Spinning, Knitting, Crocheting, Organic Gardening, Living off-grid, and chasing sheep - because- I'm, like, NOT SANE!

Friday, June 22, 2007

WTF? Stew

PICT0009This will be one of those posts that make you roll your eyes and wonder what the hell I'm talking about. Rest assured, I don't plan it - it is the part of my Southern heritage that I am forced to keep alive - like I've been implanted with some sort of microchip that enables me to talk about 50 different things at once. After 1.5 weeks of delay(which begins to get kinda eery when you're looking at crazy mishaps and bad hatches) the cornish X chicks (aka - meat chicks but I don't want to be offensive) have arrived. Obviously, they are in tall demand this summer since our local town store could only get 1/2 of what they ordered and almost two weeks late to boot! So, we were happy to bring 15 of them home but the nice people at our mill really thought there should be some compensation for that and the fact that three of our turkeys didn't even make it home last week. A skeptical person might say - just give me my refund and leave me alone. But, I like them and they manage the grain supply for my beloved sheeps and I felt bad for them because they've been locked up with a bunch of peeping chicks for a week and they are starting to look slightly deranged...so I listened. Somehow, I got 10 turkeys (triple the cost of a chick, usually) for the remaining 10 chicks we should have received. WTf? The nice people at the mill didn't mind so, now I have WAY MORE TURKEYS THAN i meant to. hmmm. We were a little nervous since turkeys are more work at the onset. For instance, you have to teach them to eat. PICT0010 Evidence of the problem is right before your eyes. First, they jump in their food. Then, they roll around until the container dumps out (unless you're crafty like hubster and devise a very heavy container to stop this wasteful madness). Lastly, they will use their tray as a toilet. All the while, frantically peeping like they are starved. Yes, for some it is difficult to understand. You literally have to open their beaks and put a few grains of feed in their mouths. Then, you have to show them where it came from. A few will forget by tomorrow so you need beer to keep you patient. This time we're playing it safe by giving them a little touch of electrolytes and such in their water - in case they forget again tomorrow and try to starve to death. Darwin, uh, I need to talk to you....just how the heck did turkeys make it this far? It has to be something in the domestication of them because our wild turkeys are far more aggressive, quick witted, and danged mean. A few summers ago, our little dog accidentally peed on a bush that housed a setting turkey hen. She came out of that bush hissing and spitting and chased us all home. It is hard to reason that these two birds are the same. Perplexing.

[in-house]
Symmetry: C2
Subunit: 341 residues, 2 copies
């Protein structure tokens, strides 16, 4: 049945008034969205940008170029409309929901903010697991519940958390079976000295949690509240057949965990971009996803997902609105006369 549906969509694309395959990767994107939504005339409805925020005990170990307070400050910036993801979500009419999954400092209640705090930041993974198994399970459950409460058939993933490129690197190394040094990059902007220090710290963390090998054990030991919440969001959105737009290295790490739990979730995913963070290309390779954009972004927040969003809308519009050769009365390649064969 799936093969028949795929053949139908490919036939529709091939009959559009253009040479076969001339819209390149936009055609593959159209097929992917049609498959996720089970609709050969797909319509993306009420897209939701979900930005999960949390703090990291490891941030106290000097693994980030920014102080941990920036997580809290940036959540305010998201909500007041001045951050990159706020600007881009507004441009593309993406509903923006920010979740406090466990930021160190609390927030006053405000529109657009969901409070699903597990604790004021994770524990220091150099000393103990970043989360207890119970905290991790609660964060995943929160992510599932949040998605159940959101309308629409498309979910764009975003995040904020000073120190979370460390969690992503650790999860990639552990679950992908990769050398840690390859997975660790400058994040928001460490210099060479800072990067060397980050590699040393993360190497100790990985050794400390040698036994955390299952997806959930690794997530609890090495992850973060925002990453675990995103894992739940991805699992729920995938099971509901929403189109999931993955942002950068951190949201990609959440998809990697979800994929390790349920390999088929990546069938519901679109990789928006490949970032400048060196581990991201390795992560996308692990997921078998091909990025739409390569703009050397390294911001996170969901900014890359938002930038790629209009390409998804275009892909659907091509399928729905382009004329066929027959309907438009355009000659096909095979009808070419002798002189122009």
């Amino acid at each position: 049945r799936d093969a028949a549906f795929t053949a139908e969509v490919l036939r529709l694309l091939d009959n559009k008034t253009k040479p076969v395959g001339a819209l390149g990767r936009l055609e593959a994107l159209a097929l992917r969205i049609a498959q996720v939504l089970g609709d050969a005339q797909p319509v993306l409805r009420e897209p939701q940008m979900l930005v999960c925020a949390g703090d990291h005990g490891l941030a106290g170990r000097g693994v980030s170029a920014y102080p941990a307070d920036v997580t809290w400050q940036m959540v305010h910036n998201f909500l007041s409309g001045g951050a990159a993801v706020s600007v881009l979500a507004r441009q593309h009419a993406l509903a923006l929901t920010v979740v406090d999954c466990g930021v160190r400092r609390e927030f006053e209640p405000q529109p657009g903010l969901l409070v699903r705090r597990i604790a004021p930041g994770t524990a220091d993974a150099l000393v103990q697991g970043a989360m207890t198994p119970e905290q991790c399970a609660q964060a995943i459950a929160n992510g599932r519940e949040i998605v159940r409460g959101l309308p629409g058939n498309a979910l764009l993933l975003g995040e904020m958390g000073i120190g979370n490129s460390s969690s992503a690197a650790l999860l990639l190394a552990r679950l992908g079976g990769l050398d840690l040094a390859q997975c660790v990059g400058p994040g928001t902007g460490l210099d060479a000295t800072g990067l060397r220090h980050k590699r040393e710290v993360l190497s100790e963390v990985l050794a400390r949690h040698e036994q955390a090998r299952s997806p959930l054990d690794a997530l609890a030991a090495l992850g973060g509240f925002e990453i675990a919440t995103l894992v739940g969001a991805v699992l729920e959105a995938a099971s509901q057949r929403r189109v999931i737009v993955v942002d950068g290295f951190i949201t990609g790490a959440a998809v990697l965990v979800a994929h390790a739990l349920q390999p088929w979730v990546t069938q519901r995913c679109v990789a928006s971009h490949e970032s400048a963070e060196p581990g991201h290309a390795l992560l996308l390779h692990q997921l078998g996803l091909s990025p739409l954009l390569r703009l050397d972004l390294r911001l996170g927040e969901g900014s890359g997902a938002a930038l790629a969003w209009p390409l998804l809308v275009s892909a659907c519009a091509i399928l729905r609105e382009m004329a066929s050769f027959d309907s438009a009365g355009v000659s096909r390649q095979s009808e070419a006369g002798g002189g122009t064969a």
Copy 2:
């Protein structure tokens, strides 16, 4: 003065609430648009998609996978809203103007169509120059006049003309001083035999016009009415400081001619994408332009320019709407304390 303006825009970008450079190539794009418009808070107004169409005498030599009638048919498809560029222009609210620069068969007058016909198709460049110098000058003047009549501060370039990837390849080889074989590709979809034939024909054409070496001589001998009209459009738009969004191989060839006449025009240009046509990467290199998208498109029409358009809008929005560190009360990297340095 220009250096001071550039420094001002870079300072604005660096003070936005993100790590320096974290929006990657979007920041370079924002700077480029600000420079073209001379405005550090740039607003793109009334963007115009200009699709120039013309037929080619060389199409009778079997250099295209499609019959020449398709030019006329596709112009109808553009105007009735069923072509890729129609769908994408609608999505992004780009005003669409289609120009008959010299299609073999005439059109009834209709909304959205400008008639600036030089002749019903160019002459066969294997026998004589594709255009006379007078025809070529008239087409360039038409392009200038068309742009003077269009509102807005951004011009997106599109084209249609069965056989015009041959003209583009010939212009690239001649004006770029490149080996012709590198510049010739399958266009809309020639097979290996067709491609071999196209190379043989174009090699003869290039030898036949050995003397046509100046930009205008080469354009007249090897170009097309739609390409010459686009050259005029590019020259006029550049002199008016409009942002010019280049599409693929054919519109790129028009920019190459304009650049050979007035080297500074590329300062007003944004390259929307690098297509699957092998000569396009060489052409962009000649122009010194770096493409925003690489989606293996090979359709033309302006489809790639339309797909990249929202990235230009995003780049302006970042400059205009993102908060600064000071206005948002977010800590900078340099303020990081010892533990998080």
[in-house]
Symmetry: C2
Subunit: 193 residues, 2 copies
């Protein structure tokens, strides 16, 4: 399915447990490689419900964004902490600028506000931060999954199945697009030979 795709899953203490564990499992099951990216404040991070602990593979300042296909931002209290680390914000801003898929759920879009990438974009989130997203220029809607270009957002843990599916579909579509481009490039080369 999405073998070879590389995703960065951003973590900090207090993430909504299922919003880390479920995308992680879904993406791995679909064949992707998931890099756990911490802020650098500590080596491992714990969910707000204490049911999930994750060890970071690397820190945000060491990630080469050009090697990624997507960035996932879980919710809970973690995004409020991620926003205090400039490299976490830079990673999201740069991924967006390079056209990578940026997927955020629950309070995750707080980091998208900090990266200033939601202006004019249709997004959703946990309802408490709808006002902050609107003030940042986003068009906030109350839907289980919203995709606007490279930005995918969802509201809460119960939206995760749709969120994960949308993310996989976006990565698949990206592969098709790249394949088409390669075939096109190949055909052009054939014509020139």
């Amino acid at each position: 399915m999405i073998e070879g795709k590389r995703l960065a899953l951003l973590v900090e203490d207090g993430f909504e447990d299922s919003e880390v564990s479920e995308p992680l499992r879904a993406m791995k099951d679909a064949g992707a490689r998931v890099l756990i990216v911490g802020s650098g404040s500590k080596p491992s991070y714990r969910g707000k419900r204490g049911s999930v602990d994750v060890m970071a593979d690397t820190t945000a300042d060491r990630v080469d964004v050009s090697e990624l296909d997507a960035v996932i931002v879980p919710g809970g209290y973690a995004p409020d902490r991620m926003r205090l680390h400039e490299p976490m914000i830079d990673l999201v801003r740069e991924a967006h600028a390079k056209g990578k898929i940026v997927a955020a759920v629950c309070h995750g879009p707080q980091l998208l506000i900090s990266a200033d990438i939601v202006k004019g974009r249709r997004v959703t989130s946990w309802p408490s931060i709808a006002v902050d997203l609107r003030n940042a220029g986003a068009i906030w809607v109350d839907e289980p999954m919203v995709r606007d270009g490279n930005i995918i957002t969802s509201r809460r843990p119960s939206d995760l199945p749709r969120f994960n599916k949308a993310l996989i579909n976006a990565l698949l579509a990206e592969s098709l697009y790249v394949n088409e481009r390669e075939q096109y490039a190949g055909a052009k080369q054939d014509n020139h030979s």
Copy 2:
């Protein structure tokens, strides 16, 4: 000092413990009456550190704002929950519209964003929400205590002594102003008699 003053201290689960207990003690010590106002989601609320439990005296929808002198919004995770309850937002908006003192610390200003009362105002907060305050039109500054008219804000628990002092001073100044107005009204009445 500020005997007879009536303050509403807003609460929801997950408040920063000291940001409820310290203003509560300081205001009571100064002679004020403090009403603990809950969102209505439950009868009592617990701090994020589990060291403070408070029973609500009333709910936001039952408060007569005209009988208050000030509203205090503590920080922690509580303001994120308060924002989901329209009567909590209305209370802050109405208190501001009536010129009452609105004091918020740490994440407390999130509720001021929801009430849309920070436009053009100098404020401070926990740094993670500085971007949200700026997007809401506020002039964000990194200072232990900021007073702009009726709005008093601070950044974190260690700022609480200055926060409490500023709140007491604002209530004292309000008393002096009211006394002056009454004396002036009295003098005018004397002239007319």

This would be a good time for me to thank the blogger brains for installing autosave.

spinnin and knittinA few weeks back, I blabbed on and on about some 'secret' knitted thing I'd made and called it a vest and promised pics of it and, of course, flaked out. Here's the problem - I suck at photography. I used to blame it on my cheap, crappy camera but then hubster got me a better one last year and I don't need to tell you that it hasn't changed much. I've tried inside. I've adjusted the exposure, the setting, the daylight, the frigging degrees of rotation of the planet - it matters not, I still get a droopy, dark and dingy photo. At last, I have had to resort to taking the darned thing outside to take a pic which makes it look less of the rich brown that it is and sort of gives it a troll flare. It could be worse....trust me on this. Also, there's been a bit of spinning going on (the left). As for the vest, I love it. I have no pattern but it is basically a flared skirt with a fitted sheath stitch waist and a sort of turkish style to the top (the vest stops under boobage and sides wrap around boobage. It definitely requires an undershirt but doesn't make your boobs look like oil tankers like some sweaters can. It is lovely. It fits well and I will use the sheath stitch again for ribbed fitting. It was so easy and it has great stretch and give - much like a 2x2 rib.

Show season means I'm knitting lots of hats, bags, scarves, mitts - you know, the table stuff. At Fiber Frolic, I saw a woman with an incredibly cute knit llama bag. She said she knit it out of the Andean Folk Knits book. I wish I could buy every knitting book I've ever wanted but the truth is that books are a greedily horded commodity here at our place. I'm already saving the book budget for three months to purchase the new Harry Potter and Paolini books for the Things. They'd hardly forgive me if I slipped and bought a knitting book. Although....we all had a hearty laugh when we sat down at the copy I requested at our library and starting reading and talking, and grabbing the book away from each other like a genuine bunch of fiber geeks. llama purse This is an excellent book. The patterns are unique and well balanced for level of knitting expertise required. But what we like best about it is that three pages of the book kept us all cackling for almost an hour. It was the too cute llama bag followed up by a few articles about llamas and peppered with the rich cultural traditions of their native home. We are geeks, no two ways about it.

fiber geeksNow, I burn with the NEED to knit this bag. Only, I don't have the hair OFF the llama - YET. I think I have to make it with handspun and what I want to know is - do you think the llama police will come after me if I knit the bag out of SHEEP HAIR? These are the kinds of things I worry about. Yes, yes, do like everyone else - back away slowly and then make a run for it.